We are closely monitoring the potential for a mid-week snow threat for portions of the Mid Atlantic this week. A very fluid and fast-moving weather pattern could bring the right ingredients together to produce accumulating snow in places that hasn’t seen much this winter: namely, New Jersey, the New York City metro area, Long Island, southeastern Pennsylvania including Philadelphia, northern Delaware, and northeastern Maryland.
Low pressure will develop over the Mid-Mississippi Valley tomorrow and head into the Great Lakes region, bringing a large area of rain with it into the northeastern United States. Where this rain collides with cold air, freezing rain and/or snow is possible over central and northern New England on Tuesday into early Wednesday.
As this initial; storm exits into eastern Canada, cold air will rush into the Mid Atlantic. A new area of low pressure will form near Arkansas and head east, bringing moisture into this fresh pool of cold air. As the moisture meets the cold air, snow could break out.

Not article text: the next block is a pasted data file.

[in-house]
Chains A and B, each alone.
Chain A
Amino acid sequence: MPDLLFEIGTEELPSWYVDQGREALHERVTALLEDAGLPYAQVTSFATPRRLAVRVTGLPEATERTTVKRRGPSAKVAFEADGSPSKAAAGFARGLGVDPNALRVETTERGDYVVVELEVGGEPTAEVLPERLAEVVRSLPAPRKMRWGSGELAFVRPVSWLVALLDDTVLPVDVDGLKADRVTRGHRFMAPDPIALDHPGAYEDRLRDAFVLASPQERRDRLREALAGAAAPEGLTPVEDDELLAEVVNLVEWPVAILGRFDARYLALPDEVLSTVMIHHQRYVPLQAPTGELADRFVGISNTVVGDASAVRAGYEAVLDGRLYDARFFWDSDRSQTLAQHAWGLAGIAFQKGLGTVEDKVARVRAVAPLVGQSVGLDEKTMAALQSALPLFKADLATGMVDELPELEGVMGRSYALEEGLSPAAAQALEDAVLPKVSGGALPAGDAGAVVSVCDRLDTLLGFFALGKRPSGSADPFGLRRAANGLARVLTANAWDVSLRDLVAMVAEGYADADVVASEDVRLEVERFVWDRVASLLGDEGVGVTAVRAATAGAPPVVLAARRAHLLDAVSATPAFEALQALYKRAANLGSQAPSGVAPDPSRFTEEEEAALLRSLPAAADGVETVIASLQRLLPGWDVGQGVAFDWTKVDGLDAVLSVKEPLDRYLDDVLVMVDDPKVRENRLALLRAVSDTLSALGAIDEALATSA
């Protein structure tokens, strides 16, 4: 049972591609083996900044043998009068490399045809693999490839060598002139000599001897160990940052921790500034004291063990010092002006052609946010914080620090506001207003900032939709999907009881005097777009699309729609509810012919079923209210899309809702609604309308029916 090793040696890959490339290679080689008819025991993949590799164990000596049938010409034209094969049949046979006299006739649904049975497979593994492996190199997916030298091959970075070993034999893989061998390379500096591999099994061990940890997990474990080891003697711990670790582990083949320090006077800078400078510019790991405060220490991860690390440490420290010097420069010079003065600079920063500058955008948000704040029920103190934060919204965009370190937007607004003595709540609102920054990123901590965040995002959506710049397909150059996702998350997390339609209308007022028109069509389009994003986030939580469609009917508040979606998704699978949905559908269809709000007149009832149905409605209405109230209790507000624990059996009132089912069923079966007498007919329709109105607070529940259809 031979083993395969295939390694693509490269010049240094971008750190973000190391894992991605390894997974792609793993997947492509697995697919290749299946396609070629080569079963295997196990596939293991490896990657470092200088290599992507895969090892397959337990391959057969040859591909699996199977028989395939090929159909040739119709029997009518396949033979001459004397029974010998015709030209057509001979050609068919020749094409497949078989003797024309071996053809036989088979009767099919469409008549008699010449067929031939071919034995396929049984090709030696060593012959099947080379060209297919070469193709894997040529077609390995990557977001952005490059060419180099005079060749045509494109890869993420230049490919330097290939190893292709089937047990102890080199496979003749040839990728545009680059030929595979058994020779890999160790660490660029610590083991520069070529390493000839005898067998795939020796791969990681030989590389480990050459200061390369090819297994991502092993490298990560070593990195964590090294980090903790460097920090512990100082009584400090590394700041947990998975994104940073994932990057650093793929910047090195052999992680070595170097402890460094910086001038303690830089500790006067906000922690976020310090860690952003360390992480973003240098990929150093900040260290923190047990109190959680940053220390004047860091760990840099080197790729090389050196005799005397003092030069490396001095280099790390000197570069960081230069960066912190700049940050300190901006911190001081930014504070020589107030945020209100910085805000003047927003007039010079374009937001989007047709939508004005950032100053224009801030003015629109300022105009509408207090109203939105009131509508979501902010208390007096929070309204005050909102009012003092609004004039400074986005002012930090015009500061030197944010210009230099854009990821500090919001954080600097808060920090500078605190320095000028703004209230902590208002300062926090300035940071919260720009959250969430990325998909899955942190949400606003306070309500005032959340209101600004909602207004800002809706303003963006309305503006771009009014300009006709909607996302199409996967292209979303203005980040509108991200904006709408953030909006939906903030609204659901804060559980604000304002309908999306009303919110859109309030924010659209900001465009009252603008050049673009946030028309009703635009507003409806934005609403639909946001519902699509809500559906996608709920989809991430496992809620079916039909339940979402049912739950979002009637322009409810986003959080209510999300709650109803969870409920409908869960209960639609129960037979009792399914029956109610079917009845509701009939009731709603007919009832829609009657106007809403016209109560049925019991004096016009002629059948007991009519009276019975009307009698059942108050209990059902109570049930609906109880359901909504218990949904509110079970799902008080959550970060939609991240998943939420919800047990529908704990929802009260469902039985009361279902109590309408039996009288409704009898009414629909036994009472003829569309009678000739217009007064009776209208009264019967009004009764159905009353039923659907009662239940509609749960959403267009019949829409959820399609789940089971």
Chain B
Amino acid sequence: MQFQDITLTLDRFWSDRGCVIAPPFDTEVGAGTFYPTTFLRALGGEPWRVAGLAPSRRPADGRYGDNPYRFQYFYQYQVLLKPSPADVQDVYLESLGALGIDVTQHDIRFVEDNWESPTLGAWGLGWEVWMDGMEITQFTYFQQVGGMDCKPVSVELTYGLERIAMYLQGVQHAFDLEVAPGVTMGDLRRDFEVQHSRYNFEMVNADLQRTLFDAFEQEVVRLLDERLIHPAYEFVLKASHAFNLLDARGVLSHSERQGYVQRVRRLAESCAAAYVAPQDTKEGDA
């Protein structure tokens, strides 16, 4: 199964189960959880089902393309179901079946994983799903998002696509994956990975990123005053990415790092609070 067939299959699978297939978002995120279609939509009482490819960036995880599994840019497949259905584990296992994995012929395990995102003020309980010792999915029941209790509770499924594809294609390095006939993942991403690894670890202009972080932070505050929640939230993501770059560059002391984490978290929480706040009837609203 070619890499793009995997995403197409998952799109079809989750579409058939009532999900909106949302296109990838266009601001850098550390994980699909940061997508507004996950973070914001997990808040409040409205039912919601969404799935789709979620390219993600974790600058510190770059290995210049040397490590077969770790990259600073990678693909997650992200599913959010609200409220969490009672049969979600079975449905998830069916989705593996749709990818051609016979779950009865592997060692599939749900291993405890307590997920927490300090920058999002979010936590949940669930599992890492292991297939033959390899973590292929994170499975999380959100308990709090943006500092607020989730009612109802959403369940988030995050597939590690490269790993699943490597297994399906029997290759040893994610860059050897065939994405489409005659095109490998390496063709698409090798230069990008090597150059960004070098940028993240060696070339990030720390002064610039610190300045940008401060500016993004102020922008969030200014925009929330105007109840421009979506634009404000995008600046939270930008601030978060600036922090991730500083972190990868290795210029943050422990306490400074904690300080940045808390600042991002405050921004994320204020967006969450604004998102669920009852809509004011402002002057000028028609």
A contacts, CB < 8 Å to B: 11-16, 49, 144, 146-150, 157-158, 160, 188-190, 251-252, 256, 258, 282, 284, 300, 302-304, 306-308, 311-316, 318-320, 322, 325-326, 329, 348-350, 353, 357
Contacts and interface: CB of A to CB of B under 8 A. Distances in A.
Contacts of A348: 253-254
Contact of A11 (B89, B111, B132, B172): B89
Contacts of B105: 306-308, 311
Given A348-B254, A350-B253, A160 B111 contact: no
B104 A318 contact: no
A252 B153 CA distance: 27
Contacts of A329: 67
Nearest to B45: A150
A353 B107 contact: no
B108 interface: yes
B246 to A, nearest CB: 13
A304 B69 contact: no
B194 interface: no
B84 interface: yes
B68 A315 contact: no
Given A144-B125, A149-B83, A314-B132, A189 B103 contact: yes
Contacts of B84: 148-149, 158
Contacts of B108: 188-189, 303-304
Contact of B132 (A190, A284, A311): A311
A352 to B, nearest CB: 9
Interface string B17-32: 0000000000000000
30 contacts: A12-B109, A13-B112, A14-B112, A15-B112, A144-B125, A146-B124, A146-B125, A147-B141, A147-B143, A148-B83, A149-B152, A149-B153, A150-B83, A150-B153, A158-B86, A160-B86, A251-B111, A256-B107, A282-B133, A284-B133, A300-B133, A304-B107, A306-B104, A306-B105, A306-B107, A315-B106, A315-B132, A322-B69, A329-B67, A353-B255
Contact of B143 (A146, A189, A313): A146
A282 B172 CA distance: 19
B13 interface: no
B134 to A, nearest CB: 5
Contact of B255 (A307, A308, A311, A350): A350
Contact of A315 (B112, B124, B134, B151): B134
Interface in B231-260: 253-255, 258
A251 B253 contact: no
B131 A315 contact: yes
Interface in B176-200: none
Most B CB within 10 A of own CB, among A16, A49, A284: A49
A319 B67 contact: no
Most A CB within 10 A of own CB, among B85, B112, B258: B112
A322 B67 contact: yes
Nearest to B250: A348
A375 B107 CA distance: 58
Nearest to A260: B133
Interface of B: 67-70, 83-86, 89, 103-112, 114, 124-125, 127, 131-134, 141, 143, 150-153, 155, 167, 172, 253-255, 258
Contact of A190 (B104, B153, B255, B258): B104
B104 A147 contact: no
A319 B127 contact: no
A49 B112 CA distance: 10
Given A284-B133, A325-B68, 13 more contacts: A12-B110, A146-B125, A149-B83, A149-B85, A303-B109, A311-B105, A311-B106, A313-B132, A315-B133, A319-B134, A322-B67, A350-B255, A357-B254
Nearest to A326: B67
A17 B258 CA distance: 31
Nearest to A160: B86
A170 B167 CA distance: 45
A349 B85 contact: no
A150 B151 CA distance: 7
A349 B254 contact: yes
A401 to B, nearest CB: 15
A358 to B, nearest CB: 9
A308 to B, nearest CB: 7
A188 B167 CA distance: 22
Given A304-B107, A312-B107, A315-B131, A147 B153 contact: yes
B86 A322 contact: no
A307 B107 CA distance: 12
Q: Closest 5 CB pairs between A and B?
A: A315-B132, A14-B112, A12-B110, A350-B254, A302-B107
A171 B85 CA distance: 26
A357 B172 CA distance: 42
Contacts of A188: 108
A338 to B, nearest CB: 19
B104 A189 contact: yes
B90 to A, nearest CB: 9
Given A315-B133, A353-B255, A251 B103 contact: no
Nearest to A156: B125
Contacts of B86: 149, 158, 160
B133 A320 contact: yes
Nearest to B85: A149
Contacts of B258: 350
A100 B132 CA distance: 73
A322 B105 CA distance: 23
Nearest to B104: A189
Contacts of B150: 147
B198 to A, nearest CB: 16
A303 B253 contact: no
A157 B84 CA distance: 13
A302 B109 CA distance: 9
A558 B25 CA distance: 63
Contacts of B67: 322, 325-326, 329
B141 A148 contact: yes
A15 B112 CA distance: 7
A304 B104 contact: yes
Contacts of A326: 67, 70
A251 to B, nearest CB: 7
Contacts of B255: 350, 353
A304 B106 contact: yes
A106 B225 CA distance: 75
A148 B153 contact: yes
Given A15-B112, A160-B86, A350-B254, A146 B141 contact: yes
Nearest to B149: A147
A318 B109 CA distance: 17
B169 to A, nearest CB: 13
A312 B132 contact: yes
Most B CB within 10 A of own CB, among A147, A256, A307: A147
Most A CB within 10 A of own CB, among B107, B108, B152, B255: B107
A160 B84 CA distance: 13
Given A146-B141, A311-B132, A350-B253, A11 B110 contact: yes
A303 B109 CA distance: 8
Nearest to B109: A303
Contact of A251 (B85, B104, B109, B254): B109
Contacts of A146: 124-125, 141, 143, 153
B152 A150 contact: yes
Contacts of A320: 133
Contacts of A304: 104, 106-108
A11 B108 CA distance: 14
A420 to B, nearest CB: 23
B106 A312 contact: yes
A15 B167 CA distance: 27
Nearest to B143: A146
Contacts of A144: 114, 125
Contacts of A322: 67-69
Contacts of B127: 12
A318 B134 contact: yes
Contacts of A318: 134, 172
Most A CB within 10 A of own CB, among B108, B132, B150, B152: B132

Currently the American (GFS) and European (ECMWF) forecast models agree in the general idea of such a storm system forming and moving through. However, because computer forecast guidance is one of many tools meteorologists use, it is important not to trust this computer output 100% at this time. Because this overall pattern is complex and fast-moving, it is possible these ingredients won’t come together at the right place at the right time.
On Super Bowl Sunday, we saw a similar situation: while computer forecast guidance was suggesting the threat of a significant snowstorm just 4-5 days later, the storm never materialized the way forecast guidance said it would. The same may very well be true for this next storm which could impact the eastern US on Thursday.
We will continue to monitor this threat over the coming days to keep you posted.